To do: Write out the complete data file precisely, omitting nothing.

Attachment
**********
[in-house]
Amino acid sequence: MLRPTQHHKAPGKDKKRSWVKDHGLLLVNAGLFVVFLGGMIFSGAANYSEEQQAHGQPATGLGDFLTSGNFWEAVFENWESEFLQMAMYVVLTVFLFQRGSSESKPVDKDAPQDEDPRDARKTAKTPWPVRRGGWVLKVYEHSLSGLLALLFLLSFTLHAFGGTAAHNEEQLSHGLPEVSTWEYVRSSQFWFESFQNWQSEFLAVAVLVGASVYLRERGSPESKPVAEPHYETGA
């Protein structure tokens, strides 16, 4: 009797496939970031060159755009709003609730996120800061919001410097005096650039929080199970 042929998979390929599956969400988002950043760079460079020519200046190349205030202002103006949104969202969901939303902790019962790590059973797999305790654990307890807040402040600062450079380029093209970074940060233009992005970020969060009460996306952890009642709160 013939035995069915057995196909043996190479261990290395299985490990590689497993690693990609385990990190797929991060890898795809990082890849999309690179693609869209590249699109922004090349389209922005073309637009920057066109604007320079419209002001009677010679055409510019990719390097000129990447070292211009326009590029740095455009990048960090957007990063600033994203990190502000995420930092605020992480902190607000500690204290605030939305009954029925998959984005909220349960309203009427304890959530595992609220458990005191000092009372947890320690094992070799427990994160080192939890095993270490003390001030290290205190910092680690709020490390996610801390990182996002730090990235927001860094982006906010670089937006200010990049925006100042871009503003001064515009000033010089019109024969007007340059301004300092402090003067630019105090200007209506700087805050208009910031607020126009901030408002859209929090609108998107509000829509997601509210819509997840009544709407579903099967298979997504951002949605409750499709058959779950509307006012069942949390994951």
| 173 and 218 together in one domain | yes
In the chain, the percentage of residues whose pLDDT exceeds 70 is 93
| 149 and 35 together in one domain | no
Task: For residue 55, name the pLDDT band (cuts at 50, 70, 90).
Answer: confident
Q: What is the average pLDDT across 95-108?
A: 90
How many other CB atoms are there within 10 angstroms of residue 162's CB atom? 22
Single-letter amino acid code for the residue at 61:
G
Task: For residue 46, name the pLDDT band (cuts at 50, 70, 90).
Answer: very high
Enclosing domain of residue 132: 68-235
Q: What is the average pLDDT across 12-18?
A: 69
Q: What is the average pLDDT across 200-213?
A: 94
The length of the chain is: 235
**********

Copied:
[in-house]
Amino acid sequence: MLRPTQHHKAPGKDKKRSWVKDHGLLLVNAGLFVVFLGGMIFSGAANYSEEQQAHGQPATGLGDFLTSGNFWEAVFENWESEFLQMAMYVVLTVFLFQRGSSESKPVDKDAPQDEDPRDARKTAKTPWPVRRGGWVLKVYEHSLSGLLALLFLLSFTLHAFGGTAAHNEEQLSHGLPEVSTWEYVRSSQFWFESFQNWQSEFLAVAVLVGASVYLRERGSPESKPVAEPHYETGA
């Protein structure tokens, strides 16, 4: 009797496939970031060159755009709003609730996120800061919001410097005096650039929080199970 042929998979390929599956969400988002950043760079460079020519200046190349205030202002103006949104969202969901939303902790019962790590059973797999305790654990307890807040402040600062450079380029093209970074940060233009992005970020969060009460996306952890009642709160 013939035995069915057995196909043996190479261990290395299985490990590689497993690693990609385990990190797929991060890898795809990082890849999309690179693609869209590249699109922004090349389209922005073309637009920057066109604007320079419209002001009677010679055409510019990719390097000129990447070292211009326009590029740095455009990048960090957007990063600033994203990190502000995420930092605020992480902190607000500690204290605030939305009954029925998959984005909220349960309203009427304890959530595992609220458990005191000092009372947890320690094992070799427990994160080192939890095993270490003390001030290290205190910092680690709020490390996610801390990182996002730090990235927001860094982006906010670089937006200010990049925006100042871009503003001064515009000033010089019109024969007007340059301004300092402090003067630019105090200007209506700087805050208009910031607020126009901030408002859209929090609108998107509000829509997601509210819509997840009544709407579903099967298979997504951002949605409750499709058959779950509307006012069942949390994951």
| 173 and 218 together in one domain | yes
In the chain, the percentage of residues whose pLDDT exceeds 70 is 93
| 149 and 35 together in one domain | no
Task: For residue 55, name the pLDDT band (cuts at 50, 70, 90).
Answer: confident
Q: What is the average pLDDT across 95-108?
A: 90
How many other CB atoms are there within 10 angstroms of residue 162's CB atom? 22
Single-letter amino acid code for the residue at 61:
G
Task: For residue 46, name the pLDDT band (cuts at 50, 70, 90).
Answer: very high
Enclosing domain of residue 132: 68-235
Q: What is the average pLDDT across 12-18?
A: 69
Q: What is the average pLDDT across 200-213?
A: 94
The length of the chain is: 235